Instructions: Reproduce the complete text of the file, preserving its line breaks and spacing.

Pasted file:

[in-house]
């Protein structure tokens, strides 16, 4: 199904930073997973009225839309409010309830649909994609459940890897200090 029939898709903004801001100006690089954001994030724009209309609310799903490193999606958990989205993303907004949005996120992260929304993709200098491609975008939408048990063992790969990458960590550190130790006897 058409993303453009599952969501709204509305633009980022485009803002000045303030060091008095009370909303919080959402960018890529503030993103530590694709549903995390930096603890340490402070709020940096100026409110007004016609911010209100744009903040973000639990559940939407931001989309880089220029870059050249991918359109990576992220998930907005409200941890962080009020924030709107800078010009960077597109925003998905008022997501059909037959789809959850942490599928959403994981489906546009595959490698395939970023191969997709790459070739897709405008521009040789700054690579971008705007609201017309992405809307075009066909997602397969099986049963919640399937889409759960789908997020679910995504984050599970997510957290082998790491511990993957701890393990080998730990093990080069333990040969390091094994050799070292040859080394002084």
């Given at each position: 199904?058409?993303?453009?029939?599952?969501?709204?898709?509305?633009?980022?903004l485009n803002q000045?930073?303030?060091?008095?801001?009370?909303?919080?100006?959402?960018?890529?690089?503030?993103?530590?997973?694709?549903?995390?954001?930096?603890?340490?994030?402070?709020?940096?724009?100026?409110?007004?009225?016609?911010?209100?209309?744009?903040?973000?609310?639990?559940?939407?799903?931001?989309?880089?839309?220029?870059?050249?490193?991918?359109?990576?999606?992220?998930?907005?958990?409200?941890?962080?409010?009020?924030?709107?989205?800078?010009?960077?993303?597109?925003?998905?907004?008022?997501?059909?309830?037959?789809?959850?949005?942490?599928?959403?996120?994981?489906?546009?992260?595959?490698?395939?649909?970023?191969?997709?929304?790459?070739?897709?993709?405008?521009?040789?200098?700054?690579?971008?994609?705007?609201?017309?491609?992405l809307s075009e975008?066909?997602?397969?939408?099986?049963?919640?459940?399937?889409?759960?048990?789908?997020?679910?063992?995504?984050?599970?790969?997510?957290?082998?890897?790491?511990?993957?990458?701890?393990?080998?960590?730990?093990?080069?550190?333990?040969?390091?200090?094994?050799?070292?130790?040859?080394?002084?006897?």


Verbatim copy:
[in-house]
């Protein structure tokens, strides 16, 4: 199904930073997973009225839309409010309830649909994609459940890897200090 029939898709903004801001100006690089954001994030724009209309609310799903490193999606958990989205993303907004949005996120992260929304993709200098491609975008939408048990063992790969990458960590550190130790006897 058409993303453009599952969501709204509305633009980022485009803002000045303030060091008095009370909303919080959402960018890529503030993103530590694709549903995390930096603890340490402070709020940096100026409110007004016609911010209100744009903040973000639990559940939407931001989309880089220029870059050249991918359109990576992220998930907005409200941890962080009020924030709107800078010009960077597109925003998905008022997501059909037959789809959850942490599928959403994981489906546009595959490698395939970023191969997709790459070739897709405008521009040789700054690579971008705007609201017309992405809307075009066909997602397969099986049963919640399937889409759960789908997020679910995504984050599970997510957290082998790491511990993957701890393990080998730990093990080069333990040969390091094994050799070292040859080394002084």
């Given at each position: 199904?058409?993303?453009?029939?599952?969501?709204?898709?509305?633009?980022?903004l485009n803002q000045?930073?303030?060091?008095?801001?009370?909303?919080?100006?959402?960018?890529?690089?503030?993103?530590?997973?694709?549903?995390?954001?930096?603890?340490?994030?402070?709020?940096?724009?100026?409110?007004?009225?016609?911010?209100?209309?744009?903040?973000?609310?639990?559940?939407?799903?931001?989309?880089?839309?220029?870059?050249?490193?991918?359109?990576?999606?992220?998930?907005?958990?409200?941890?962080?409010?009020?924030?709107?989205?800078?010009?960077?993303?597109?925003?998905?907004?008022?997501?059909?309830?037959?789809?959850?949005?942490?599928?959403?996120?994981?489906?546009?992260?595959?490698?395939?649909?970023?191969?997709?929304?790459?070739?897709?993709?405008?521009?040789?200098?700054?690579?971008?994609?705007?609201?017309?491609?992405l809307s075009e975008?066909?997602?397969?939408?099986?049963?919640?459940?399937?889409?759960?048990?789908?997020?679910?063992?995504?984050?599970?790969?997510?957290?082998?890897?790491?511990?993957?990458?701890?393990?080998?960590?730990?093990?080069?550190?333990?040969?390091?200090?094994?050799?070292?130790?040859?080394?002084?006897?």